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Journals 2009/2010

David Wehunt
Soddy Daisy High School, Soddy Daisy, TN

"Atlantic Northeast Shelf Ecosystem Monitoring Project"
R/V Delaware II
August 16 - August 29, 2009
Journal Index:
August 16 - 17 - 18 - 19 - 20 - 21 - 22
           23 - 24 - 25 - 26 - 27 - 28 - 29

August 19, 2009
Off the coast of Delaware & Maryland

Latitude: N 38° 05' 472"
Longitude: W 074° 34' 601"

Today began with a storm. Luckily we missed the strongest part of the storm and the rain was light. Today, during the 6am to 6pm watch we did 5 stations. Not as many jellyfish this day but we did get one sample with a large quantity of jellies. These are not the type of jellies found on the beach. They don't sting and are very tiny. However they like to eat the zooplankton we are trying to catch. The primary types of zooplankton we want are copepods.

I also found out the reason for the baby bongo tows. The organisms caught in the baby bongo are used for DNA research. The quantity does not matter but samples for DNA studies have to be preserved in ethanol because formaldehyde, which is used to preserve the bongo net specimens, will break down the bonds holding the DNA together.

Now to the non-work related activities of the day. We passed quite a few boats today. Many are fishing boats, probably after blue fin tuna. I was watching from the bridge and could see 5 of the fishing boats but when I looked at the radar I could see there were up to 12 boats near us. The radar also showed the projected paths of the boats so we could see if there was any danger of collision. We also passed, earlier in the day, the container ship Hanjin at a distance of about a mile. It was interesting to watch its approach and realize how close a mile is at sea.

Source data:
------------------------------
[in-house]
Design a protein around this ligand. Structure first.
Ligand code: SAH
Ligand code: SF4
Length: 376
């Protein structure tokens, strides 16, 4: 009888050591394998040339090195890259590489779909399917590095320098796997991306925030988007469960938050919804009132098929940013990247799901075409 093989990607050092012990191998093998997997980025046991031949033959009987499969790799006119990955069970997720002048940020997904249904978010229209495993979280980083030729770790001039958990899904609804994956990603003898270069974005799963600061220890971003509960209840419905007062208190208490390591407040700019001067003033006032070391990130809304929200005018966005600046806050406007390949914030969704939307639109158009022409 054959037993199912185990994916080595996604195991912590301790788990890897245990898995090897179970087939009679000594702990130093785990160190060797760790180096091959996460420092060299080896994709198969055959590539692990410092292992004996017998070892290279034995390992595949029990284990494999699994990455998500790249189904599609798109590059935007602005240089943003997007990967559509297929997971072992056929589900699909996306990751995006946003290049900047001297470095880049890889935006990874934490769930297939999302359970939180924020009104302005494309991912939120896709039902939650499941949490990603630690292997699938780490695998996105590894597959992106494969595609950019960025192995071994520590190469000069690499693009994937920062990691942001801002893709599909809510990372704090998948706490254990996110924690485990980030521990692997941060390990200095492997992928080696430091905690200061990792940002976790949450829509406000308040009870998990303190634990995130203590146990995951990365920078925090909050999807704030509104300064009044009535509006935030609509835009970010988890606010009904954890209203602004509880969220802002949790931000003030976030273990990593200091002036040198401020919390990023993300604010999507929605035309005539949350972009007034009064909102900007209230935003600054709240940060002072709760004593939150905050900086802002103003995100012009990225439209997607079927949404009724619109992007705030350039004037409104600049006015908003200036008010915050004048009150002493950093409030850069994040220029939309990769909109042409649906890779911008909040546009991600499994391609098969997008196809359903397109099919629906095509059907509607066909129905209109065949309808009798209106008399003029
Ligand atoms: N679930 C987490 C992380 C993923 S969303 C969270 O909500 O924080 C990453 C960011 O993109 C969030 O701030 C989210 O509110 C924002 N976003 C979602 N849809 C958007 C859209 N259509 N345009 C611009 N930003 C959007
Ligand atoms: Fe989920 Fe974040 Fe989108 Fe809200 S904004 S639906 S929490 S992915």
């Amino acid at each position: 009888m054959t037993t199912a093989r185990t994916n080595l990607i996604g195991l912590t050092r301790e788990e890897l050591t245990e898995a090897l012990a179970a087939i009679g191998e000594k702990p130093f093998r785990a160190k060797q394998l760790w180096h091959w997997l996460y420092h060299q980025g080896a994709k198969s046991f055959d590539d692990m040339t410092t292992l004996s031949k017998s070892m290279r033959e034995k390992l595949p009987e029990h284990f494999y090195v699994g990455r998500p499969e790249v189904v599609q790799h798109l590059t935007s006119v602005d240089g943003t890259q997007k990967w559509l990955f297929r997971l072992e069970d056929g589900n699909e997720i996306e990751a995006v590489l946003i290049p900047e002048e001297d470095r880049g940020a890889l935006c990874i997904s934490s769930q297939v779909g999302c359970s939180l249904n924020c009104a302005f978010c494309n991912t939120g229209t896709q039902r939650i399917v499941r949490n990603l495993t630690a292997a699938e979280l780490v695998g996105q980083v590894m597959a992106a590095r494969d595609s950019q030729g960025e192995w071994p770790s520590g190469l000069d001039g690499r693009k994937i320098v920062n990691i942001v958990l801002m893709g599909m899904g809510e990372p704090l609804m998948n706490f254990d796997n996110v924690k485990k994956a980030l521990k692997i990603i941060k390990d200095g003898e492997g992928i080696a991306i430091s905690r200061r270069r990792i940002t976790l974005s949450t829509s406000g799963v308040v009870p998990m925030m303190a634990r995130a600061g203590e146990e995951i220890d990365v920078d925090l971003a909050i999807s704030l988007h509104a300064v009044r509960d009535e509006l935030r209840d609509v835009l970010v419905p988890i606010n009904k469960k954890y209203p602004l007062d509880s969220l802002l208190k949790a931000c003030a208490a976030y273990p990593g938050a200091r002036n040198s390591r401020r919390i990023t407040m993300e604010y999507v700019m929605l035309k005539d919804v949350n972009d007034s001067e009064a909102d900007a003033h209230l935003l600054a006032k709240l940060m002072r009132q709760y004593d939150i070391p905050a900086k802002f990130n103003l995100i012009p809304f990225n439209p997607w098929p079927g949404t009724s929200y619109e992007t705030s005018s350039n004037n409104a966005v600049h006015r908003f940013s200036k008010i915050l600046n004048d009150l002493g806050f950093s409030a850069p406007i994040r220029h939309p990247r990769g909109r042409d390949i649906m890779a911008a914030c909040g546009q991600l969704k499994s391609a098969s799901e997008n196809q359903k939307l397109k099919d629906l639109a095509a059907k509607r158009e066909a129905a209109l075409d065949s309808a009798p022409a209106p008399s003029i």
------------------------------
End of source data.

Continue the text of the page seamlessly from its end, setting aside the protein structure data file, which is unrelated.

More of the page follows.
Also the black flies of New Jersey arrived on the ship today. Their numbers grew as the day progressed. What was amazing about this is the fact that we were at least 30 miles off shore at the time. They stay low to the deck so their primary targets are shins and ankles but they have an interesting tactic. They land on socks and pants legs and then bite through the material. They rarely bite bare skin but boy does the bite hurt. I finally put on my foul weather pants to protect my legs.

The last activities I did before going to bed were to sit on the bow and watch a dolphin play alongside the ship. I talked with Mark the soon to be Executive Officer who is new to the East Coast having been stationed on the West Coast prior to this assignment. Then I talked with the current "XO" Monty and learned the point system for direction on a ship. For example abeam is 90 degrees from the bridge and 45 degrees is called broad. So an object 45 degrees to the right of the bridge is broad starboard. If I got it right.

Finally I think I am about to get used to the ships rocking. It is constant. I have not gotten seasick. Yet.

A side note. Latitude and longitude are recorded when I send journal each morning. If you go on the Internet you should be able to find the route of the ship using ship tracker. It is up to you to figure out how to find it my students.